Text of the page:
How the MCCC can help Michigan reach 60 by 30
Educational attainment is critically important in the economic development equation. In fact, it’s so important that it’s one of the top three variables in the International Human Development Index (HDI). The other two are life expectancy and gross national income (GNI). More on the HDI at another time. In this article, I focus on the impact of education on local and state economies.
Michigan has set a goal of “60 by 30”: “By 2030, 60 percent of working-age Michiganders will have a college certificate or degree. Michigan will be a talent leader – fueling the future workforce and providing opportunities for all. This is the vision of post-secondary degrees of economic value for 60% of Michiganders by 2030. This is an ambitious goal for Michigan being that we are currently at 45.5%, compared to the national average 48%, and if we continue on this trajectory we will only be at 52% in 2030. However, economists say that 65% is the “ideal achievement rate for competitive success”.
Why post-secondary education?
Post-secondary education refers to any degree beyond high school, including professional and military degrees. Post-secondary success is important for many reasons, including, but not limited to: meeting labor market demands and changes in the economy, economic independence in a knowledge-based economy, public good for society and individuals, social justice, social mobility and equity. In addition, according to the College Board, better-educated residents are more likely to: earn a higher salary, be employed, receive benefits from their employer, vote, volunteer, exercise, send their children in school ready to succeed, less likely to live in poverty or be incarcerated, and participate in public assistance. Education is just a good thing for society.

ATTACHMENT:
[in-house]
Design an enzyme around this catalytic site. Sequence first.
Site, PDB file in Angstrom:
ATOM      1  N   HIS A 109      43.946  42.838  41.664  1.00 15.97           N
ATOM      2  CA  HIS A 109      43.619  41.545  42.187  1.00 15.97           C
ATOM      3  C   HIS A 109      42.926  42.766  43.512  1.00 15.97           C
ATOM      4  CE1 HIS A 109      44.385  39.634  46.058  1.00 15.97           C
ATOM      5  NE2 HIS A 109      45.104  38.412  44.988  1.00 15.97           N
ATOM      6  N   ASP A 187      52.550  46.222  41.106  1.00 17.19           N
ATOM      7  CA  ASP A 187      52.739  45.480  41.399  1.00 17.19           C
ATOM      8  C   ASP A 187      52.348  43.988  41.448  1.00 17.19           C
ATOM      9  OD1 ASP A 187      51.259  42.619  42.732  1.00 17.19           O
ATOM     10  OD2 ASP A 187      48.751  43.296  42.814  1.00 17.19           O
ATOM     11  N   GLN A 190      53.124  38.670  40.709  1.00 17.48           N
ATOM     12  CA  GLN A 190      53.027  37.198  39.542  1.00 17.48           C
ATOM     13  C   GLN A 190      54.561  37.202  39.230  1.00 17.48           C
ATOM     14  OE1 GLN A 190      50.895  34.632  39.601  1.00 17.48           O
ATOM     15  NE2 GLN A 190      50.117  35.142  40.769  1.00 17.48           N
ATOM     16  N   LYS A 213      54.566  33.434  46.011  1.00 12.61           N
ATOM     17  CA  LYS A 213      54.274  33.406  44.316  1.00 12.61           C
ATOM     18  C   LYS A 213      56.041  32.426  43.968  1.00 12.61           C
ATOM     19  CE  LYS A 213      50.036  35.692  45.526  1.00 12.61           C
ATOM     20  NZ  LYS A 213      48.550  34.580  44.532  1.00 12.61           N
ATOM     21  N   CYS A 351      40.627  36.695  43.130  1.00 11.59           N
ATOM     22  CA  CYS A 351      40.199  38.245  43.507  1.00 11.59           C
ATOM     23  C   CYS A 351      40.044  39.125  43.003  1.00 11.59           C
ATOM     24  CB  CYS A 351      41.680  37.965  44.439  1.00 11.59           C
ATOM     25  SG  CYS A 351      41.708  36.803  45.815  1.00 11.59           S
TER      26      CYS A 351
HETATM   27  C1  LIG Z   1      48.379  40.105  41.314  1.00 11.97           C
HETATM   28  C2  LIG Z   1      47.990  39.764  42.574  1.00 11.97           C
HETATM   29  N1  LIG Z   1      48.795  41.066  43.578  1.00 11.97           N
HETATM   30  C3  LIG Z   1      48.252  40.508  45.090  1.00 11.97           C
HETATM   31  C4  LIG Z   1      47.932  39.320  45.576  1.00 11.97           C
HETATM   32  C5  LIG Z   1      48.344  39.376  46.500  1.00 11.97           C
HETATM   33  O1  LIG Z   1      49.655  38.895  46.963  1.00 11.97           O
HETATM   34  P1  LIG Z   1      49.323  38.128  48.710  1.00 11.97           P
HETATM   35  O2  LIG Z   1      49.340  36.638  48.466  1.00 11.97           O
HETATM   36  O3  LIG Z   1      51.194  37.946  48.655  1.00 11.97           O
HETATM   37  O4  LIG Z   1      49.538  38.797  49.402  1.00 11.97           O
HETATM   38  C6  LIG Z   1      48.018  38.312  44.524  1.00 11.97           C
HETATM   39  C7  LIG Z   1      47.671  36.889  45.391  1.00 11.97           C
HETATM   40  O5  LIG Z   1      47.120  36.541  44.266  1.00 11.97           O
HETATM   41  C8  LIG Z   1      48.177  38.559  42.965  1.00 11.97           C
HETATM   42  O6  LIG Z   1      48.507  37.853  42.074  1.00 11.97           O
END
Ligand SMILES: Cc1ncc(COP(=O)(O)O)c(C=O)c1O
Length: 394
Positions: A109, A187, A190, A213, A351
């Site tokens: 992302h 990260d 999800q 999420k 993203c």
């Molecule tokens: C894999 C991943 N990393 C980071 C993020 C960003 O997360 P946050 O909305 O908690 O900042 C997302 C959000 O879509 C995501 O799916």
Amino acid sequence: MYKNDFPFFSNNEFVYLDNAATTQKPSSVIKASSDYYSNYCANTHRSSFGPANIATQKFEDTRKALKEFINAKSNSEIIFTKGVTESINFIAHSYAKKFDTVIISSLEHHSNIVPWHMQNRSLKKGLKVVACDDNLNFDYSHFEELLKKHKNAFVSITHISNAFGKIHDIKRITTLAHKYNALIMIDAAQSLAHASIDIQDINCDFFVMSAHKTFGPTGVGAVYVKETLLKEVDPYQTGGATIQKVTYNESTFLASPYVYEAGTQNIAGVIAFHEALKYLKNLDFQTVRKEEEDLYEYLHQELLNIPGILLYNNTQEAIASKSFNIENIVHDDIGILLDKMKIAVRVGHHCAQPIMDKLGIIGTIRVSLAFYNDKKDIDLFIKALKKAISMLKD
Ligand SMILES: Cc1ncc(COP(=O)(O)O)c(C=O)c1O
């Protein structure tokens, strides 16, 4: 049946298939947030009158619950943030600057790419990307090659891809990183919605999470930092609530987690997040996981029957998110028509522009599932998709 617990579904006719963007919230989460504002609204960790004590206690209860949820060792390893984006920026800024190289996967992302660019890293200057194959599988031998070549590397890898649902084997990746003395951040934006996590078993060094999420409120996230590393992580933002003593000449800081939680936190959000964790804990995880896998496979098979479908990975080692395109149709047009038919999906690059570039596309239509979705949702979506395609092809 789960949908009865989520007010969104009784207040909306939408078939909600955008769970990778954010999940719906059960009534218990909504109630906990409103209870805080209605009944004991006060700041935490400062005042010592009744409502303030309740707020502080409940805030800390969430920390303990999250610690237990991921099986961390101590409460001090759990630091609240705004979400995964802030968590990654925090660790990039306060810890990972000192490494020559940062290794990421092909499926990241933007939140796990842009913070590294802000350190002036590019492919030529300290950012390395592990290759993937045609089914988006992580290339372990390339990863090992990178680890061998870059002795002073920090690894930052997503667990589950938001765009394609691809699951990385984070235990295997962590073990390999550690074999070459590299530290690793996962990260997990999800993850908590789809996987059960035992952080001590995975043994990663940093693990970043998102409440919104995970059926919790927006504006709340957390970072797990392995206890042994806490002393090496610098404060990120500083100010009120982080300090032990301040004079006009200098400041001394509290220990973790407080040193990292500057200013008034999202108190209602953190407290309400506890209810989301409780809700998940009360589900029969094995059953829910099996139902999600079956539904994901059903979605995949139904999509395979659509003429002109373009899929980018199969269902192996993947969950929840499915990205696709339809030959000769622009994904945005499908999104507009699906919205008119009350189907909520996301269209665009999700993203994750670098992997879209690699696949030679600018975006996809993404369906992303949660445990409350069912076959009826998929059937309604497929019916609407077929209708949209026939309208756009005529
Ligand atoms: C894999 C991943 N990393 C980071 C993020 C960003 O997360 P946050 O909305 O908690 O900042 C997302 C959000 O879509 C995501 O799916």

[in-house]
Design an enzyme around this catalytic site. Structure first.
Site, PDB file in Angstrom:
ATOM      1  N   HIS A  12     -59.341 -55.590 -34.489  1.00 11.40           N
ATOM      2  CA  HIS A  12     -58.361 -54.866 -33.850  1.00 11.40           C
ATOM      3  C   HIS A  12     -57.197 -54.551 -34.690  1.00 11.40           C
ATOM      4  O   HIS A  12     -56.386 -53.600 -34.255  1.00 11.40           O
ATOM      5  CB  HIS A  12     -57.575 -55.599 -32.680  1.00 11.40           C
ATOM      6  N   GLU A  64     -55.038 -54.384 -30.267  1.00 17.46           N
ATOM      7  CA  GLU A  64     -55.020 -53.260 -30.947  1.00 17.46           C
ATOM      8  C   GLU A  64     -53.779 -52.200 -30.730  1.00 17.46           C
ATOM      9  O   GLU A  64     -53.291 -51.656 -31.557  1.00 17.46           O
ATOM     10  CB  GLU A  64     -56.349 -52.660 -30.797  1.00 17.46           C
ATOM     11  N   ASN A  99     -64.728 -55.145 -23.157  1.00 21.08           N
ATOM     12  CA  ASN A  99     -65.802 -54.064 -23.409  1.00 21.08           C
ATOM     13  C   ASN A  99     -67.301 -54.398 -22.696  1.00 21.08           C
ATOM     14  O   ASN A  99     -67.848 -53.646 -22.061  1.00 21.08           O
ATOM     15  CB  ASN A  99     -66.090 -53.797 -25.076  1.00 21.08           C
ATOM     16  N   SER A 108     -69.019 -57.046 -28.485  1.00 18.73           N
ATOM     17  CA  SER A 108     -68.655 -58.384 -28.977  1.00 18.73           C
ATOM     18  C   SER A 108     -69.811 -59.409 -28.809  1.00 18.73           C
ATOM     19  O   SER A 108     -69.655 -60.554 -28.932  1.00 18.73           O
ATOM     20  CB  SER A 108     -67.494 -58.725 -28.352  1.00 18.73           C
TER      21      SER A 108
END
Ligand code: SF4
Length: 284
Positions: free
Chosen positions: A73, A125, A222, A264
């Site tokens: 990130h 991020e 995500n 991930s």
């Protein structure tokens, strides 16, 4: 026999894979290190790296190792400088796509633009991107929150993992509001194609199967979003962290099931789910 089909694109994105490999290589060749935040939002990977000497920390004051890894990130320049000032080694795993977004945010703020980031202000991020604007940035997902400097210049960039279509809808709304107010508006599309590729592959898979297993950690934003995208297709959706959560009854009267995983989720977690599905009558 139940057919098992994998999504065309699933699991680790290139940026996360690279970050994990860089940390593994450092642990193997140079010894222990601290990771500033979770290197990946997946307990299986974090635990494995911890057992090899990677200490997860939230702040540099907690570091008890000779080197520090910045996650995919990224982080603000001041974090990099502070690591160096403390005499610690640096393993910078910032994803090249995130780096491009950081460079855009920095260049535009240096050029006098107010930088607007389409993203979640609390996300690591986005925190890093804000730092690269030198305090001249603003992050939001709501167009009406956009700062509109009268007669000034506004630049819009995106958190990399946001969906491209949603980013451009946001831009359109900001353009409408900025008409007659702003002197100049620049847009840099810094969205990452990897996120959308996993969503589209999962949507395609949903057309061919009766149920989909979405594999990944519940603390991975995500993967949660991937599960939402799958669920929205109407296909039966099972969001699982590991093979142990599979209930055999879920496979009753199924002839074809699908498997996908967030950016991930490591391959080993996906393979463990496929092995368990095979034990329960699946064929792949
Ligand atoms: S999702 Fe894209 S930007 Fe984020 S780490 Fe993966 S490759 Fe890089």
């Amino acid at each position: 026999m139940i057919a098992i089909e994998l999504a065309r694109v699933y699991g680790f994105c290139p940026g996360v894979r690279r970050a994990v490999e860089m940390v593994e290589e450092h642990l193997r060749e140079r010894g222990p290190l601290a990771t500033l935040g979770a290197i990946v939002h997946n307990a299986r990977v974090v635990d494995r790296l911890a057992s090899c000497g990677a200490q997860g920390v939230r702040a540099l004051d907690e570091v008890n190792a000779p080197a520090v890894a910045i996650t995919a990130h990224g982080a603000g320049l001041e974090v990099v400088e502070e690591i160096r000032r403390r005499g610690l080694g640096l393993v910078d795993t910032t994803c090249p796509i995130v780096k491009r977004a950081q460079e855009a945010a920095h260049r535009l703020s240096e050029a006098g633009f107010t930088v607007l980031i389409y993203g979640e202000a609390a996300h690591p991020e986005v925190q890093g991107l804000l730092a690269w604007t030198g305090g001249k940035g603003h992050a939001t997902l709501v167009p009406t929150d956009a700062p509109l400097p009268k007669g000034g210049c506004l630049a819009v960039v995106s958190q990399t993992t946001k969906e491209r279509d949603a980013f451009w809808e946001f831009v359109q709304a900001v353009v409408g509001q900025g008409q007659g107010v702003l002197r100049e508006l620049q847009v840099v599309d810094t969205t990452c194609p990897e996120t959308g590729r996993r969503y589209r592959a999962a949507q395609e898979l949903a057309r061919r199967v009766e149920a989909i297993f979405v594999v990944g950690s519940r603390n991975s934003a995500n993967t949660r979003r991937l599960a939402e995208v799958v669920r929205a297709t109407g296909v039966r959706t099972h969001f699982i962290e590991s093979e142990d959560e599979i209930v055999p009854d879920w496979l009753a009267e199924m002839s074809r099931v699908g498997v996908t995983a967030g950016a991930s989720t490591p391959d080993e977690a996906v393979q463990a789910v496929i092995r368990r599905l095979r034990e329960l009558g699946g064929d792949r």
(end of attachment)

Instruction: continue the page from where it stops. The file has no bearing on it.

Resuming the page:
How to get to 60 out of 30?
There are several statewide programs to help Michigan get into ages 60 through 30. They have community colleges at their core.
A future for frontliners: Free classes at Michigan community colleges for anyone working in frontline industries. Very comprehensive list from agriculture to zoology. It started in 2020 and 28,000 Michiganders took advantage of it.
IM Reconnect: free community college tuition for anyone 25 and older without a college degree. This program is ongoing and 92,000 Michiganders have taken advantage of it.
Michigan College Access Network: Communities form Local College Access Networks (LCANs) to boost university attendance and reduce the equity gap. Efforts are underway to reestablish the LCAN in Monroe.
Detroit leads the degrees (DDD) is a collective regional impact initiative led by the Detroit Chamber, aimed at improving the talent pool in Southeast Michigan with four areas of focus: improving access to post-secondary opportunities to achieve target 60 by 30; stimulate student success; retaining local talent and attracting new talent; and closing the racial equity gap. Monroe is now part of the compact DDD.
Michigan New Jobs Training Program (MNJTP): Designed as an incentive for economic development, the MNJTP authorizes community colleges to create a training pool to support employers who create or expand new jobs and operations in Michigan. The training of newly hired workers is paid for by collecting state income tax. Contracts are local agreements between an employer and the community college. There are no restrictions on the type of training provided, size of employer or industries served. It is a very flexible tool, focused on meeting the training needs of any employer creating new jobs that pays at least 175% of the state minimum wage. Over the past 10 years, $42,421,313 in income tax withholdings have been cumulatively diverted to support all existing MNJTP contracts entered into since 2009. To date, there are 23,996 new contract jobs for existing MNJTP agreements.
For Michigan to reach Sixty within 30 years, all communities must do their part, including Monroe County. Education is key to many of our societal challenges, so let’s take advantage of every opportunity that comes our way. Education is the cure for ignorance, the cure for poverty, the key to success, the roadmap to prosperity, and the ticket to the middle class – the items pictured in my education box, which you have perhaps seen during my monologue on my MPACT TV show, “Education Questions.” Education really matters!
Kojo A. Quartey, Ph.D. is president of Monroe County Community College and an economist. It can be attached to [email protected].